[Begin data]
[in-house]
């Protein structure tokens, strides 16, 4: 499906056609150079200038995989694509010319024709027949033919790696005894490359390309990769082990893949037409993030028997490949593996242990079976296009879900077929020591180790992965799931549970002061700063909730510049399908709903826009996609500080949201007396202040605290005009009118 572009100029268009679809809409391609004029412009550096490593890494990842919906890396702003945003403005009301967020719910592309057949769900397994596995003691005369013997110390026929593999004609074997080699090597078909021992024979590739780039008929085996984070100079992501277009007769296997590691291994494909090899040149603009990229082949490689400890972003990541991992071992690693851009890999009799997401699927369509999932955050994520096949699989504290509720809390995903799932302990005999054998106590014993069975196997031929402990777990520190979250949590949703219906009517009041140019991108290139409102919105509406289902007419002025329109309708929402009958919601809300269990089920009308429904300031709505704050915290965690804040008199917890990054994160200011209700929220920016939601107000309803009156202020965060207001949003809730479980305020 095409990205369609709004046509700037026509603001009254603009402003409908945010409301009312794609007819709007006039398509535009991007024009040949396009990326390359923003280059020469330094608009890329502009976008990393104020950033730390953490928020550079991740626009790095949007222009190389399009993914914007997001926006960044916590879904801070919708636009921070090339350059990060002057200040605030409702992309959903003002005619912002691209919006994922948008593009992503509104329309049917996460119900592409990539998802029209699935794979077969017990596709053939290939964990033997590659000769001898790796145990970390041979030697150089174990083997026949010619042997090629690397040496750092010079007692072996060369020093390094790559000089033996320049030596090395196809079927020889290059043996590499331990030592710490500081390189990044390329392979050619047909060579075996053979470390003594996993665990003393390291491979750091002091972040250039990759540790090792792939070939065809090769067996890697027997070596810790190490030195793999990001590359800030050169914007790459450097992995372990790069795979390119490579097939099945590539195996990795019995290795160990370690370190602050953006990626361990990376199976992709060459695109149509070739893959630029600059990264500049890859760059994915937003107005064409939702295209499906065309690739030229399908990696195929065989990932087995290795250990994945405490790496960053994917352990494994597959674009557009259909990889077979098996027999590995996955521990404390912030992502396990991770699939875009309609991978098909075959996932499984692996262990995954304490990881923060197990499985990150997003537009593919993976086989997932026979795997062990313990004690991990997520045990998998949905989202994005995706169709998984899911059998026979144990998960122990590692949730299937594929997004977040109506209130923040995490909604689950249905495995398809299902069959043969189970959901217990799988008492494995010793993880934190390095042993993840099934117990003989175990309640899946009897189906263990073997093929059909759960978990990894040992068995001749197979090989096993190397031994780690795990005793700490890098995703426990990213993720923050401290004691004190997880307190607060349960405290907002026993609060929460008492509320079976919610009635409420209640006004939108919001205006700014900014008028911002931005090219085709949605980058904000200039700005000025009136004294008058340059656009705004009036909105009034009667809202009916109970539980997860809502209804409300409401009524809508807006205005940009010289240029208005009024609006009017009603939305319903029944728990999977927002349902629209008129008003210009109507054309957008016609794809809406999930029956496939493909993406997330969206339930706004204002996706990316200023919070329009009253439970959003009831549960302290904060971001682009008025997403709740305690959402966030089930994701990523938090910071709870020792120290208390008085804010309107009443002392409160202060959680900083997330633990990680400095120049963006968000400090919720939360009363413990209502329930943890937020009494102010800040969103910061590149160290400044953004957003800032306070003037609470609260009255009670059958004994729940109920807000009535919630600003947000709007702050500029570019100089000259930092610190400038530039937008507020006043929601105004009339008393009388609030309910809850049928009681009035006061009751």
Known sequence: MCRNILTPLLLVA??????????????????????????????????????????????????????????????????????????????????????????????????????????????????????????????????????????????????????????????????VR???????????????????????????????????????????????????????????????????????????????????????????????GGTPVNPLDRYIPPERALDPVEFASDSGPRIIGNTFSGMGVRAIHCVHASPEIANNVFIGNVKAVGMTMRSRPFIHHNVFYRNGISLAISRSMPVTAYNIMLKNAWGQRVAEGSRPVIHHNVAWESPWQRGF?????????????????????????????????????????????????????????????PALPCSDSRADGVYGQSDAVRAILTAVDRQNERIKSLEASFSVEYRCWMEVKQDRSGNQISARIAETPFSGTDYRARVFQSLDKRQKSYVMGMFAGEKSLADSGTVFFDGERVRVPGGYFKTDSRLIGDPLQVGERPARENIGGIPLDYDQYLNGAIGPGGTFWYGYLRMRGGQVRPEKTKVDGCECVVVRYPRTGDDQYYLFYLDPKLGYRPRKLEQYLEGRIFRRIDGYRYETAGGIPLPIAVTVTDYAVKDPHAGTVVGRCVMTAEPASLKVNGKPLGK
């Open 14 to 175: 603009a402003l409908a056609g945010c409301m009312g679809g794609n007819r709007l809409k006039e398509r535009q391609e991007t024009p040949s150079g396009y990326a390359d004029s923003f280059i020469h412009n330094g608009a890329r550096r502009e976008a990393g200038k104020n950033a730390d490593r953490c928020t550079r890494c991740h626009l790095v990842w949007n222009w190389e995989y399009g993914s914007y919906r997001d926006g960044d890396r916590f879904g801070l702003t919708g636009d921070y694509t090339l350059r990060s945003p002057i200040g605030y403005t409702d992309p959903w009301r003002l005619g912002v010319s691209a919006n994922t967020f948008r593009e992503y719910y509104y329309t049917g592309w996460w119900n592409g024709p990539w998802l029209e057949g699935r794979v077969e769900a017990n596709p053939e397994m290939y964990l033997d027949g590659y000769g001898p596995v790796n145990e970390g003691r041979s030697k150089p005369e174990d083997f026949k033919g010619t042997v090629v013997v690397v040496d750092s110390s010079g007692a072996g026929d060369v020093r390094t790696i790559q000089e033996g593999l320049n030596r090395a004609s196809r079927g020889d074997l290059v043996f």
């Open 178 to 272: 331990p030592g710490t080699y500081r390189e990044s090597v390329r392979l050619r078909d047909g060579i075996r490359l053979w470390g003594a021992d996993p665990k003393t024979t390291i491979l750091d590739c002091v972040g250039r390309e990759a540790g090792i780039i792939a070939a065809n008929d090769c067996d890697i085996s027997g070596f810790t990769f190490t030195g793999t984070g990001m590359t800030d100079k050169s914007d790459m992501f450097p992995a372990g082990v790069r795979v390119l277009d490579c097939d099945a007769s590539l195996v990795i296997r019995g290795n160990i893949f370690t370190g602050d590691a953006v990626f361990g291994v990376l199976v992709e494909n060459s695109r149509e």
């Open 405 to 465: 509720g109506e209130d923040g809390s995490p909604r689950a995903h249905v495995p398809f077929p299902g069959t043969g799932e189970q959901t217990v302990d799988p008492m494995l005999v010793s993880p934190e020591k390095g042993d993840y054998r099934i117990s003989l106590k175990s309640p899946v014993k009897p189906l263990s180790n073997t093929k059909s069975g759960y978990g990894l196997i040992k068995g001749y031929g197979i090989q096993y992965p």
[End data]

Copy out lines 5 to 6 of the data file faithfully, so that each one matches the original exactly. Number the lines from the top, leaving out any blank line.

């Open 178 to 272: 331990p030592g710490t080699y500081r390189e990044s090597v390329r392979l050619r078909d047909g060579i075996r490359l053979w470390g003594a021992d996993p665990k003393t024979t390291i491979l750091d590739c002091v972040g250039r390309e990759a540790g090792i780039i792939a070939a065809n008929d090769c067996d890697i085996s027997g070596f810790t990769f190490t030195g793999t984070g990001m590359t800030d100079k050169s914007d790459m992501f450097p992995a372990g082990v790069r795979v390119l277009d490579c097939d099945a007769s590539l195996v990795i296997r019995g290795n160990i893949f370690t370190g602050d590691a953006v990626f361990g291994v990376l199976v992709e494909n060459s695109r149509e």
């Open 405 to 465: 509720g109506e209130d923040g809390s995490p909604r689950a995903h249905v495995p398809f077929p299902g069959t043969g799932e189970q959901t217990v302990d799988p008492m494995l005999v010793s993880p934190e020591k390095g042993d993840y054998r099934i117990s003989l106590k175990s309640p899946v014993k009897p189906l263990s180790n073997t093929k059909s069975g759960y978990g990894l196997i040992k068995g001749y031929g197979i090989q096993y992965p």